Bank of America, a pioneer in mobile banking, says mobile is hot, but it also opens financial institutions to unknown risks. What proactive steps should banks and credit unions take to ensure they're ready?
Banks and credit unions are feverishly working to meet the FFIEC's authentication compliance deadline next year. But experts say institutions should be looking beyond the guidance, by making investments in cross-channel fraud detection.
Roger Baker, CIO at the VA, says desktop computers will eventually phase out, as mobile devices become predominant channels for communication and work. That evolution has made plans for ongoing mobile security a priority for organizations that cross every business sector.
"Organizations are putting in layers of security and tools to safeguard information and assets, however, the fraudsters are attacking our weakest link, the consumer," says Anthony Vitale of Patelco Credit Union.
"With a company-issued device, you can issue a policy that says users have no rights of privacy over information on the device," says Javelin's Tom Wills. But with employee-owned devices? A whole new set of issues.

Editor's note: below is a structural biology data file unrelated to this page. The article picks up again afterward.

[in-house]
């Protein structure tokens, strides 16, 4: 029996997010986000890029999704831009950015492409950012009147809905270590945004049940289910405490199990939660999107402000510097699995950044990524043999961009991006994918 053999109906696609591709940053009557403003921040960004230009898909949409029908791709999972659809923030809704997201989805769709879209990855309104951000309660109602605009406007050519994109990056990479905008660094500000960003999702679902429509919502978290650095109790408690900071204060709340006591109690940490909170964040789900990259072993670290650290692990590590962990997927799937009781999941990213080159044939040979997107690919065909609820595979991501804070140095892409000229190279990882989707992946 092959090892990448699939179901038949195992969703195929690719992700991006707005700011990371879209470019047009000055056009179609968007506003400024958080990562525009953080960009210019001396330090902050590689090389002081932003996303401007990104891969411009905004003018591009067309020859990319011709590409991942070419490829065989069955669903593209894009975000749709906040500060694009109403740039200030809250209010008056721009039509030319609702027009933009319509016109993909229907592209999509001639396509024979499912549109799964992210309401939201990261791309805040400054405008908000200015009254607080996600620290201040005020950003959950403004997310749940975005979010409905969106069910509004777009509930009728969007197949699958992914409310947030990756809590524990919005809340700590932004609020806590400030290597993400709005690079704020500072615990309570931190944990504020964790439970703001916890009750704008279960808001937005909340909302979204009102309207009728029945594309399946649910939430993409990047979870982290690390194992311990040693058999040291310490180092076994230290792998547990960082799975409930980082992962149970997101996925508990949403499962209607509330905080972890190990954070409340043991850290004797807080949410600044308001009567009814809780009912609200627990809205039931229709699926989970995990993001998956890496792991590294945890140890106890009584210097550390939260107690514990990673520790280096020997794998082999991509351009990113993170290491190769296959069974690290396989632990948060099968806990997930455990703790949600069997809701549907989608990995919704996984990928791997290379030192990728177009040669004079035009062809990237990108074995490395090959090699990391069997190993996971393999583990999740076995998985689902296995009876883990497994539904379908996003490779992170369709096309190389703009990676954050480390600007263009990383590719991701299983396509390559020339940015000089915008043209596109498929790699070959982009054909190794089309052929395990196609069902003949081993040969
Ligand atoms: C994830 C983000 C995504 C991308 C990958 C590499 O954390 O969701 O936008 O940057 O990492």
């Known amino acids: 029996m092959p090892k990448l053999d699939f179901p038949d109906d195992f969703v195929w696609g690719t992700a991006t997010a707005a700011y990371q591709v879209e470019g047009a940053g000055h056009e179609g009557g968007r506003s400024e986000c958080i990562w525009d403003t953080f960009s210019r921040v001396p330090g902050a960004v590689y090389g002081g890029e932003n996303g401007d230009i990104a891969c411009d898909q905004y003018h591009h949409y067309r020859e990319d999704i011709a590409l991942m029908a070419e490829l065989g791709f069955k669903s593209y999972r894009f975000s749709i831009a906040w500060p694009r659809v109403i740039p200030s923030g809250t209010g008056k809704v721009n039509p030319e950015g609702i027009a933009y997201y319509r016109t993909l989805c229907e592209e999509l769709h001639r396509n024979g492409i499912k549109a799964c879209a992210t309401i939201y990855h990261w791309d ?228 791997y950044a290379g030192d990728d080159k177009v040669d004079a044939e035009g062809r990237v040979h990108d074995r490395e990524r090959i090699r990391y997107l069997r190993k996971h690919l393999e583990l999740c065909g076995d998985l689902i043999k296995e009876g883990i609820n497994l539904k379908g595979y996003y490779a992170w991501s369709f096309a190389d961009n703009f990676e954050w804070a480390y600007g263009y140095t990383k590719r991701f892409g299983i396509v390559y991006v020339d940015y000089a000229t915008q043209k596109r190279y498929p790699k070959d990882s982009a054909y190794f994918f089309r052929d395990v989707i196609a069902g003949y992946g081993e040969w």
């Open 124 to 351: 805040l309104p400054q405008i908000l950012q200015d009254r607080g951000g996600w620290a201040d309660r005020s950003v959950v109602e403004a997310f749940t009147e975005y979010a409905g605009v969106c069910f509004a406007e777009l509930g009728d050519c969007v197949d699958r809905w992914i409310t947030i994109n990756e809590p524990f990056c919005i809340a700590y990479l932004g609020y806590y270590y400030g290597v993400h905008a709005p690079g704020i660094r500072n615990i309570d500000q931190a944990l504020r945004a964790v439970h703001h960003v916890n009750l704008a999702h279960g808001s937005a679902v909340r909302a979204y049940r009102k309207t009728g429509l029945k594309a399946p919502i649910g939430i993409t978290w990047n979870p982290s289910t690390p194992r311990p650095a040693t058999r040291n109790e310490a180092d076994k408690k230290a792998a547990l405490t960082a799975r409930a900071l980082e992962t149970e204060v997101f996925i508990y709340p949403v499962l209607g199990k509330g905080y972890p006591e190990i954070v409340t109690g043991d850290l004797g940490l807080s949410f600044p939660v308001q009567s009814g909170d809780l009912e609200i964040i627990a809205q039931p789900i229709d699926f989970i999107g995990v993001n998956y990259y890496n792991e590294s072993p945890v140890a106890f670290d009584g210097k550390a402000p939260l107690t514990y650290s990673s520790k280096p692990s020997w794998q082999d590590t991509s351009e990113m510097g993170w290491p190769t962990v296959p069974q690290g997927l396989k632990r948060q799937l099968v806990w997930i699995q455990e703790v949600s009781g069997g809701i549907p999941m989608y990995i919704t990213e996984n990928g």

Account takeovers are up, but losses are down. Doug Johnson of the ABA says that's because banks and their customers are catching and blocking suspect ACH transactions before they drains corporate accounts.
Anomaly detection and behavioral monitoring are minimum requirements or mitigating online risks, and the newly-issued supplement to the FFIEC Authentication Guidance highlights why banks and credit unions should be doing more, says Terry Austin of Guardian Analytics.
The FFIEC's updated online authentication guidance urges banks and credit unions to do better jobs of authenticating and identifying devices, areas that aren't bolstering the kind of security they could, says security expert Ori Eisen.